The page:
The online learning market is attracting major technology companies including Microsoft, Apple and Google who see tremendous opportunities in the growing market of online courses. Millions of students around the world are enrolling in massive open online courses (MOOC) being offered by Udacity, âedX and âCoursera, and players in the sector are beginning to partner and cooperate at a faster rate.
Search engine company Google announced that it is teaming up with edX to develop a new site that will host courses online. The website, MOOC.org, will be open to use by academic institutions, businesses, and individuals to create and host massive online open courses online, according to Loek Essers of PC World.
Last year Google released Course Builder, an experimental platform for online education. In a partnership with edX, the Google team will apply their experience of Course Builder to the open-source Open edX platform that will be the basis of MOOC.org.
Google said in a statement that it wants to make further innovative improvements to Open edX platform.
The collaboration will extend to research into how students learn and how technology can transform learning and teaching on campus and beyond, according to a joint press release by companies. Together, Google and edX want to broaden access to education, Dan Clancy, director of research at Google, wrote in a blog post. "We are taking our learnings from Course Builder and applying them to Open edX to further innovate on an open source MOOC platform," Clancy wrote.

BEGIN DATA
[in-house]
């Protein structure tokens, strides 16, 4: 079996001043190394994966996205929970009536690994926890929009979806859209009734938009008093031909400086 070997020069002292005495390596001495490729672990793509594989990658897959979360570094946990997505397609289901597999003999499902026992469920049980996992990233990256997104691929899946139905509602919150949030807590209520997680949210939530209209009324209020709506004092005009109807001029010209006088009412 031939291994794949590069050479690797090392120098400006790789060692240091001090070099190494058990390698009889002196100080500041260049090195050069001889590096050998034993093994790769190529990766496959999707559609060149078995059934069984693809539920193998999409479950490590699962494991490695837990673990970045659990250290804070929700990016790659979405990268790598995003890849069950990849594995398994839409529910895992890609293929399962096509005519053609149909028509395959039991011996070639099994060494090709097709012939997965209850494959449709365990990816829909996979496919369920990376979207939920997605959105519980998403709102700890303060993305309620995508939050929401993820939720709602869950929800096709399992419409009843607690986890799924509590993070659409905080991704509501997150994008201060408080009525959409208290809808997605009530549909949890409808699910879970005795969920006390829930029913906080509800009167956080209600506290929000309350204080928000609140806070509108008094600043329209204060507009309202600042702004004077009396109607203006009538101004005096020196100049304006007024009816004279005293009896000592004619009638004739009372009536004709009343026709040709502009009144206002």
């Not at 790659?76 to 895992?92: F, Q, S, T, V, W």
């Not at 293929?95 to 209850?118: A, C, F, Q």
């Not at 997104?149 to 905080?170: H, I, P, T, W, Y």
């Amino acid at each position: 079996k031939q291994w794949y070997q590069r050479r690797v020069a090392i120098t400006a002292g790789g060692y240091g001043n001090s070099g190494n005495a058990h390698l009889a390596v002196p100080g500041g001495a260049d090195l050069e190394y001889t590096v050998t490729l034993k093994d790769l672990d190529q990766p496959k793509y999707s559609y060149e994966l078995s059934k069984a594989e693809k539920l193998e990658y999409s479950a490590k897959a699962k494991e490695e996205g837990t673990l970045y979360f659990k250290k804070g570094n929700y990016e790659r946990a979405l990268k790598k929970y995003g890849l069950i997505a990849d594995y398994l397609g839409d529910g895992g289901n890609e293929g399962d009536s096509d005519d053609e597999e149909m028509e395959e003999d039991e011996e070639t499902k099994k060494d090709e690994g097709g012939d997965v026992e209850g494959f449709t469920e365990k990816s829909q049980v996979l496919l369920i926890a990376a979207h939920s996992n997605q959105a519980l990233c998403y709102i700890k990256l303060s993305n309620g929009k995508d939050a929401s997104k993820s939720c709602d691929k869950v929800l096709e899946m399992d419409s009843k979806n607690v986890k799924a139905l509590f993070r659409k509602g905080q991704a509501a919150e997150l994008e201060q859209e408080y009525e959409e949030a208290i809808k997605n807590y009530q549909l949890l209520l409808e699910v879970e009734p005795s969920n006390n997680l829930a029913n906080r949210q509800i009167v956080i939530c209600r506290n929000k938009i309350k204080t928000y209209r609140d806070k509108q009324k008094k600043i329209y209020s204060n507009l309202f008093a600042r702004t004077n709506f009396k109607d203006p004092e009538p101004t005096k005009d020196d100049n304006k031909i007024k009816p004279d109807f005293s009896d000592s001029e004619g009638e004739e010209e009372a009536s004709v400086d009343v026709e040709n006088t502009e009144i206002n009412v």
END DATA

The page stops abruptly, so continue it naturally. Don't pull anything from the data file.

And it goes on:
The Google infrastructure will be used to build MOOC.org. Clancy noted that Google will maintain Course Builder and the company will be putting more focus on Open edX and MOOC.org. An upgrade path to Open edX and MOOC.org from Course Builder will be provided in the future.
According to Clancy, Google supports the development of a diverse education ecosystem as learning expands in the online world.
"Our industry is in the early stages of MOOCs, and lots of experimentation is still needed to find the best way to meet the educational needs of the world. An open ecosystem with multiple players encourages rapid experimentation and innovation, and we applaud the work going on in this space today," Clancy said.
Tech companies are experimenting with how to grab market share in the rapidly-evolving education sphere. Microsoft recently announced plans to offer schools access to an ad-free version of its search engine Bing and free use of its Surface tablets in an effort to compete with Google and Apple, the two biggest names in the education technology business.
Schools who sign up for the company's Bing for Schools program will not only see their internet search results insulated from advertisements and adult content, but they will also get free tablets and other tools.
The new Bing for Schools initiative is designed to improve digital literacy for students by putting technology in classrooms, helping students learn how to use the power of search, and making sure they can do it in a safer, ad-free environment, according to the Bing website.